As part of our Health Care Home Quality and Performance Framework, we are continually developing outcome measures to demonstrate the value of the model compared to a traditional general practice
Many of our practices are in areas of highest deprivation and so we monitor changes with regard to impact on access, utilisation, patient and workforce experience and inequality.
We look at outcomes through three distinct lenses: outcomes for patients (clinical and non-clinical), outcomes for the workforce and outcomes for the local health system.
In addition to our own outcomes and evaluations, there are a number or wider evaluation reports related to the Health Care Home model of care.
Here’s a flavour of the outcomes we are achieving
Our patients save time by having access to their clinical team by email and telephone. 35% of those ringing for a same-day appointment receive their clinical care without needing to visit the practice.
The time patients wait in the waiting room is significantly reduced as a result of our pre-consultation care before they see their GP. Not only is this a better experience for patients, practices also reduce the size of their waiting room.
Our 2015 patient survey demonstrated that over 90% of patients in our practices were very satisfied with their care, the information they received and their ability to see their doctor of choice.
Our Patient Partner Framework is further developing our work in this area including real time feedback in practices.
Our Lakes extended care team is also delivering fantastic outcomes for patients through group consultations and peer support.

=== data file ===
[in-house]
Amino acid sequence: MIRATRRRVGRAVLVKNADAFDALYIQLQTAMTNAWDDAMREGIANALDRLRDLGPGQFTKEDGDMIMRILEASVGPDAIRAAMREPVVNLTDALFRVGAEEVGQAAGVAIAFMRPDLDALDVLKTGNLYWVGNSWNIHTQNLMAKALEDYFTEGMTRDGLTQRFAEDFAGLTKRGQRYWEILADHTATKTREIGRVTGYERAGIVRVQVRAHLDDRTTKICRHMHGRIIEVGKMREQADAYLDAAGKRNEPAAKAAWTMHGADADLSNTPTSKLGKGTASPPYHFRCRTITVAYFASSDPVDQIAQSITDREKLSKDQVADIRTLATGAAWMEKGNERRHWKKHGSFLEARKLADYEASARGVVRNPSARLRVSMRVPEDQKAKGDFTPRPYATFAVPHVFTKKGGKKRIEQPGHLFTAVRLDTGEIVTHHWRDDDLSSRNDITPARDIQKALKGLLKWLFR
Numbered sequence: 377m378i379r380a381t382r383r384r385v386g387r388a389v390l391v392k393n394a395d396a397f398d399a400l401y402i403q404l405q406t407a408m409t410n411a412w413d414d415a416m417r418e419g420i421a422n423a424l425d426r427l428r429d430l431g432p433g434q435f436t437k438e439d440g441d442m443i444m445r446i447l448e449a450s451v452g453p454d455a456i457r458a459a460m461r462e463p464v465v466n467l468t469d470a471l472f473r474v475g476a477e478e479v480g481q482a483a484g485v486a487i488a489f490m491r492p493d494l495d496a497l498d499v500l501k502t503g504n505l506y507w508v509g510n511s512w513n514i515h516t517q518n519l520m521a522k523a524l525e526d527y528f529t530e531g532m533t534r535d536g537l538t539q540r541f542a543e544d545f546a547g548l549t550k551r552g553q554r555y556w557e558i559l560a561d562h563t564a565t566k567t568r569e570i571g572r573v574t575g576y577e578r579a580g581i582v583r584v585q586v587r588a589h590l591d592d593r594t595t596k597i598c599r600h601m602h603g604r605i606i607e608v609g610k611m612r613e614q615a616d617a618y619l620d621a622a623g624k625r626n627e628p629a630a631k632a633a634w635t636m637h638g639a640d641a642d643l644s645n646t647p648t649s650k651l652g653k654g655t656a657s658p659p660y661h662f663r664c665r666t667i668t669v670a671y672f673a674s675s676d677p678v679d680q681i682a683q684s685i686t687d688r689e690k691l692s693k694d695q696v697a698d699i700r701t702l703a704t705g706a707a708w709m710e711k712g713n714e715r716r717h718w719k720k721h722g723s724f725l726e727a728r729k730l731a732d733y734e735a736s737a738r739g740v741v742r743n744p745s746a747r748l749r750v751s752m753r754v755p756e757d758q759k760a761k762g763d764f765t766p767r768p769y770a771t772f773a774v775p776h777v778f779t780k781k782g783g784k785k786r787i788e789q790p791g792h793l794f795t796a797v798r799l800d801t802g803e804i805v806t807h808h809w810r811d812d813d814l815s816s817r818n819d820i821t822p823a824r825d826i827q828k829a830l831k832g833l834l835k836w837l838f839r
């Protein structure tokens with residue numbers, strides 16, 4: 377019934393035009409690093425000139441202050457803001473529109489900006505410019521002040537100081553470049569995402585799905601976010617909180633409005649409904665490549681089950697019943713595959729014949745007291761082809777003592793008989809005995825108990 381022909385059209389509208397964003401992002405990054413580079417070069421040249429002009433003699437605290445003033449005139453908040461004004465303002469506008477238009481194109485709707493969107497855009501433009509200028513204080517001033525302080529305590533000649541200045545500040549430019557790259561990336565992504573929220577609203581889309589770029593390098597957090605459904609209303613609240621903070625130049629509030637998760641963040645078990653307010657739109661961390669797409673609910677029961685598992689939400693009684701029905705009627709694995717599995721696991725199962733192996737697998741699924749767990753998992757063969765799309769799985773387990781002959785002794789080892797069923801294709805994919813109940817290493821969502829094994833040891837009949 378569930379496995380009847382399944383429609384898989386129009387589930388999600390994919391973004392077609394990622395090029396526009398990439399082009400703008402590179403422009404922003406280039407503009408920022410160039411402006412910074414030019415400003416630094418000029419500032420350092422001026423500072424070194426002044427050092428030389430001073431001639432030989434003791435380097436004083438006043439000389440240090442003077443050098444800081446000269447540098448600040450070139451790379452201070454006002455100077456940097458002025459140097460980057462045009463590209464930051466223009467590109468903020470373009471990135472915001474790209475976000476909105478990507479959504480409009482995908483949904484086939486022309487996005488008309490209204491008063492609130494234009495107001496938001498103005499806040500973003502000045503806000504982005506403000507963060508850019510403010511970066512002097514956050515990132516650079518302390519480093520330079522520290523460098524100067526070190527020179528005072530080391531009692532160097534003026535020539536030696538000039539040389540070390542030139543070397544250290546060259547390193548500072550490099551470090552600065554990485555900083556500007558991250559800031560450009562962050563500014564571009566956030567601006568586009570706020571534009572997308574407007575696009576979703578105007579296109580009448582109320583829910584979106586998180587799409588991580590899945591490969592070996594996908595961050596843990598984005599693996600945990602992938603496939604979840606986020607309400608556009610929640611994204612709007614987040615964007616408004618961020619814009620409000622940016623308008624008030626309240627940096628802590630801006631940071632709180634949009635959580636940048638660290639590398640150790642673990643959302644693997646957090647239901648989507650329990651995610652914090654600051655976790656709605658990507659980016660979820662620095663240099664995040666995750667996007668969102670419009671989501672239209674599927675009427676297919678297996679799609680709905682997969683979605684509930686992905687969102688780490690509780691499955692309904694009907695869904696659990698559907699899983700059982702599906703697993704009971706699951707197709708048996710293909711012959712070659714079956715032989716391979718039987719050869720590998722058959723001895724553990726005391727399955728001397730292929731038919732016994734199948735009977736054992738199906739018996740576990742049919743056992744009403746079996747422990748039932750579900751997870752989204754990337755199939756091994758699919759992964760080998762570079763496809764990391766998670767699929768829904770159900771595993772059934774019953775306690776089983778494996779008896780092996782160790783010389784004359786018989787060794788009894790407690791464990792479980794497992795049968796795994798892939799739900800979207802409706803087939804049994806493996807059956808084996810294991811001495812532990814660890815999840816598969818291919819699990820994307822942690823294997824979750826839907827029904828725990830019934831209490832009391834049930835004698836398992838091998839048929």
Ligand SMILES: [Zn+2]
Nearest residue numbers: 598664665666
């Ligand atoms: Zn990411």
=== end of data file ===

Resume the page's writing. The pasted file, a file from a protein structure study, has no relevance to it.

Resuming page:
The shift to a proactive and planned patient flow results in clinical staff reporting a calmer, less frenetic working day. Changes from a traditional practice day to one where the need for double bookings is removed, patient administration time is included in the daily template and an ‘off-stage’ space creates time for informal peer discussion and support all contribute to feedback, that ‘we would never go back to the old way’.
The introduction of new roles such as the Medical Centre Assistant, Physician Associates and Clinical Pharmacists has enabled all members of the clinical team to work at ‘top of scope’ and expand the skills available to the patients and the team.
The process of implementing the Health Care Home triggers practice owner discussions as to the optimum ownership model for the future sustainability of the practice. Some of our practice owners have made the shift to a salaried, partnership business model to promote teamwork and attract younger GPs into practice ownership.
The Health Care Home model is creating additional capacity in primary care without a need for additional resource. Offering alternative forms of access to the traditional face to face, allows the clinical team to provide more patient contacts for the same FTE.Of course, supply always needs to match demand so our work with practices makes sure that even redesigning workloads, the supply side is right.
Perhaps most importantly, the model is increasing the long-term sustainability of practices by establishing a considered, strategic business and service plan relevant to their communities and populations and creating an environment where the practice team can manage increased demand more efficiently with increased job satisfaction.
We have some early data showing reduced ED and ASH rates for HCH sites compared to the rest of the network and expect that to improve as HCH is more fully rolled out and the Year of Care programme begins to have system impact.